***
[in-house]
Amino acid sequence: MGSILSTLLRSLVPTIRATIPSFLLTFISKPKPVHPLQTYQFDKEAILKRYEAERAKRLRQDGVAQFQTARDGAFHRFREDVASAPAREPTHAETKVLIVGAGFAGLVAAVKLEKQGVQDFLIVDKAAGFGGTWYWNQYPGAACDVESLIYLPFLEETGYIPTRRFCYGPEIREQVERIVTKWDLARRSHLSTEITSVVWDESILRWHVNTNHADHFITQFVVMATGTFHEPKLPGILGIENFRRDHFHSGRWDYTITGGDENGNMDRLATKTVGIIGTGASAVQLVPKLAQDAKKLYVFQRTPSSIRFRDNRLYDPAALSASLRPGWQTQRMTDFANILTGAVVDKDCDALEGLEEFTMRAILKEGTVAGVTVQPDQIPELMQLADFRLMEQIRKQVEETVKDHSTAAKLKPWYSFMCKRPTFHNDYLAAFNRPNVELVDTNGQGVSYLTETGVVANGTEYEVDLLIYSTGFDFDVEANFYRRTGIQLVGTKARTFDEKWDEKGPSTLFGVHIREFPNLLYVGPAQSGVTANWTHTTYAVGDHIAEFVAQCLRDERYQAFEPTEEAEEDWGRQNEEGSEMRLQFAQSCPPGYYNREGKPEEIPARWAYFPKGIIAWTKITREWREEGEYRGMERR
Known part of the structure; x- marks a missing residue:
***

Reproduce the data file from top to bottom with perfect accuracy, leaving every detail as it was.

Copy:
[in-house]
Amino acid sequence: MGSILSTLLRSLVPTIRATIPSFLLTFISKPKPVHPLQTYQFDKEAILKRYEAERAKRLRQDGVAQFQTARDGAFHRFREDVASAPAREPTHAETKVLIVGAGFAGLVAAVKLEKQGVQDFLIVDKAAGFGGTWYWNQYPGAACDVESLIYLPFLEETGYIPTRRFCYGPEIREQVERIVTKWDLARRSHLSTEITSVVWDESILRWHVNTNHADHFITQFVVMATGTFHEPKLPGILGIENFRRDHFHSGRWDYTITGGDENGNMDRLATKTVGIIGTGASAVQLVPKLAQDAKKLYVFQRTPSSIRFRDNRLYDPAALSASLRPGWQTQRMTDFANILTGAVVDKDCDALEGLEEFTMRAILKEGTVAGVTVQPDQIPELMQLADFRLMEQIRKQVEETVKDHSTAAKLKPWYSFMCKRPTFHNDYLAAFNRPNVELVDTNGQGVSYLTETGVVANGTEYEVDLLIYSTGFDFDVEANFYRRTGIQLVGTKARTFDEKWDEKGPSTLFGVHIREFPNLLYVGPAQSGVTANWTHTTYAVGDHIAEFVAQCLRDERYQAFEPTEEAEEDWGRQNEEGSEMRLQFAQSCPPGYYNREGKPEEIPARWAYFPKGIIAWTKITREWREEGEYRGMERR
Known part of the structure; x- marks a missing residue: